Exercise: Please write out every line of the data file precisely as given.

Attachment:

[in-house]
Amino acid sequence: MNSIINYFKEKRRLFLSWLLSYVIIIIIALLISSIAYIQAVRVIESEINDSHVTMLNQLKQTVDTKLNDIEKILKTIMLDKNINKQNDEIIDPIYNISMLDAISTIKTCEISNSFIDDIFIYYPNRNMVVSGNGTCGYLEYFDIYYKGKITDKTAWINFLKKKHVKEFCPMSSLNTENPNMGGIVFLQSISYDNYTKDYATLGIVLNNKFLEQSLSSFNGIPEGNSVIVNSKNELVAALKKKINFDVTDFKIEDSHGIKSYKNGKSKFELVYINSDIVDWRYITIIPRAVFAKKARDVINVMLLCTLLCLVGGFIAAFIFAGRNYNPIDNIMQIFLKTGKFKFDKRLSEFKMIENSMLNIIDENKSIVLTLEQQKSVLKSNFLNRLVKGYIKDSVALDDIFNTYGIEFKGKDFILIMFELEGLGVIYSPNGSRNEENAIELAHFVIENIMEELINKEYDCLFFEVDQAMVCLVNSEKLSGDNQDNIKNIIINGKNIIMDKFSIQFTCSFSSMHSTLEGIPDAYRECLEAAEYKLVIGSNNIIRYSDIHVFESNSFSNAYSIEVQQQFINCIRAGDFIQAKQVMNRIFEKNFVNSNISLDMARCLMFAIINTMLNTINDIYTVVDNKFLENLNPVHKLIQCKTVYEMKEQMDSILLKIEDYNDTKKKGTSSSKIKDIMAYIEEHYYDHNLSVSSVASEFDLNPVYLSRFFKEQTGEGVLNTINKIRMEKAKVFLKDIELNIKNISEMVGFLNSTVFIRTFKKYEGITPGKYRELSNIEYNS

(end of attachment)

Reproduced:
[in-house]
Amino acid sequence: MNSIINYFKEKRRLFLSWLLSYVIIIIIALLISSIAYIQAVRVIESEINDSHVTMLNQLKQTVDTKLNDIEKILKTIMLDKNINKQNDEIIDPIYNISMLDAISTIKTCEISNSFIDDIFIYYPNRNMVVSGNGTCGYLEYFDIYYKGKITDKTAWINFLKKKHVKEFCPMSSLNTENPNMGGIVFLQSISYDNYTKDYATLGIVLNNKFLEQSLSSFNGIPEGNSVIVNSKNELVAALKKKINFDVTDFKIEDSHGIKSYKNGKSKFELVYINSDIVDWRYITIIPRAVFAKKARDVINVMLLCTLLCLVGGFIAAFIFAGRNYNPIDNIMQIFLKTGKFKFDKRLSEFKMIENSMLNIIDENKSIVLTLEQQKSVLKSNFLNRLVKGYIKDSVALDDIFNTYGIEFKGKDFILIMFELEGLGVIYSPNGSRNEENAIELAHFVIENIMEELINKEYDCLFFEVDQAMVCLVNSEKLSGDNQDNIKNIIINGKNIIMDKFSIQFTCSFSSMHSTLEGIPDAYRECLEAAEYKLVIGSNNIIRYSDIHVFESNSFSNAYSIEVQQQFINCIRAGDFIQAKQVMNRIFEKNFVNSNISLDMARCLMFAIINTMLNTINDIYTVVDNKFLENLNPVHKLIQCKTVYEMKEQMDSILLKIEDYNDTKKKGTSSSKIKDIMAYIEEHYYDHNLSVSSVASEFDLNPVYLSRFFKEQTGEGVLNTINKIRMEKAKVFLKDIELNIKNISEMVGFLNSTVFIRTFKKYEGITPGKYRELSNIEYNS